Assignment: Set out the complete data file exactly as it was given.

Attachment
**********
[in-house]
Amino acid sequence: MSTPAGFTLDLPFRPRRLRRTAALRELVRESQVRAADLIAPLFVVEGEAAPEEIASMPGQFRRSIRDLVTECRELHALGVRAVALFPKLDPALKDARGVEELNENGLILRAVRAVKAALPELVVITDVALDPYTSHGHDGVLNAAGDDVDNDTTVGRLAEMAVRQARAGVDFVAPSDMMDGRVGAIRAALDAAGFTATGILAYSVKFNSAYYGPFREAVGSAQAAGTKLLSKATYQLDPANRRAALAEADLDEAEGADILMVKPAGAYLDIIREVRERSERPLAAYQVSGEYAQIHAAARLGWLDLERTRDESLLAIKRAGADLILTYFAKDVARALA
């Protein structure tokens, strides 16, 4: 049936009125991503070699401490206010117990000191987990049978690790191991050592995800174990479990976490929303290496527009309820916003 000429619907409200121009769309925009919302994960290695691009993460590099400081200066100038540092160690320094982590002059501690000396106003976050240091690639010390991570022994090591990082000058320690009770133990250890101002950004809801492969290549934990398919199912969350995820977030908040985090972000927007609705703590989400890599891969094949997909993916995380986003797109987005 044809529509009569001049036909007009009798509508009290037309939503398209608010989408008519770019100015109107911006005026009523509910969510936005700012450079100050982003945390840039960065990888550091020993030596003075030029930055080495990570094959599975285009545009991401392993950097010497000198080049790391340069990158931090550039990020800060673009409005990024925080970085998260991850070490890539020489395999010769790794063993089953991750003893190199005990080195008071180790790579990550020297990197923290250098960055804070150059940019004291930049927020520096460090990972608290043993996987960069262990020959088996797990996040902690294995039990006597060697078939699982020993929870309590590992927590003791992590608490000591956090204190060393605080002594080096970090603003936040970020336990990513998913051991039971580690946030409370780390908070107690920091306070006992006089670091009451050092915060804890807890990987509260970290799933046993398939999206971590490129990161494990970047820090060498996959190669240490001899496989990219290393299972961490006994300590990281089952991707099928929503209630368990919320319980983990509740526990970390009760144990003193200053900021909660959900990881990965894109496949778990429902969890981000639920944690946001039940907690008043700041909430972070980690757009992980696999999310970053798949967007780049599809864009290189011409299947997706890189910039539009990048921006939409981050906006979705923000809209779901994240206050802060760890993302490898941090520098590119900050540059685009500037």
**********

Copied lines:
[in-house]
Amino acid sequence: MSTPAGFTLDLPFRPRRLRRTAALRELVRESQVRAADLIAPLFVVEGEAAPEEIASMPGQFRRSIRDLVTECRELHALGVRAVALFPKLDPALKDARGVEELNENGLILRAVRAVKAALPELVVITDVALDPYTSHGHDGVLNAAGDDVDNDTTVGRLAEMAVRQARAGVDFVAPSDMMDGRVGAIRAALDAAGFTATGILAYSVKFNSAYYGPFREAVGSAQAAGTKLLSKATYQLDPANRRAALAEADLDEAEGADILMVKPAGAYLDIIREVRERSERPLAAYQVSGEYAQIHAAARLGWLDLERTRDESLLAIKRAGADLILTYFAKDVARALA
């Protein structure tokens, strides 16, 4: 049936009125991503070699401490206010117990000191987990049978690790191991050592995800174990479990976490929303290496527009309820916003 000429619907409200121009769309925009919302994960290695691009993460590099400081200066100038540092160690320094982590002059501690000396106003976050240091690639010390991570022994090591990082000058320690009770133990250890101002950004809801492969290549934990398919199912969350995820977030908040985090972000927007609705703590989400890599891969094949997909993916995380986003797109987005 044809529509009569001049036909007009009798509508009290037309939503398209608010989408008519770019100015109107911006005026009523509910969510936005700012450079100050982003945390840039960065990888550091020993030596003075030029930055080495990570094959599975285009545009991401392993950097010497000198080049790391340069990158931090550039990020800060673009409005990024925080970085998260991850070490890539020489395999010769790794063993089953991750003893190199005990080195008071180790790579990550020297990197923290250098960055804070150059940019004291930049927020520096460090990972608290043993996987960069262990020959088996797990996040902690294995039990006597060697078939699982020993929870309590590992927590003791992590608490000591956090204190060393605080002594080096970090603003936040970020336990990513998913051991039971580690946030409370780390908070107690920091306070006992006089670091009451050092915060804890807890990987509260970290799933046993398939999206971590490129990161494990970047820090060498996959190669240490001899496989990219290393299972961490006994300590990281089952991707099928929503209630368990919320319980983990509740526990970390009760144990003193200053900021909660959900990881990965894109496949778990429902969890981000639920944690946001039940907690008043700041909430972070980690757009992980696999999310970053798949967007780049599809864009290189011409299947997706890189910039539009990048921006939409981050906006979705923000809209779901994240206050802060760890993302490898941090520098590119900050540059685009500037």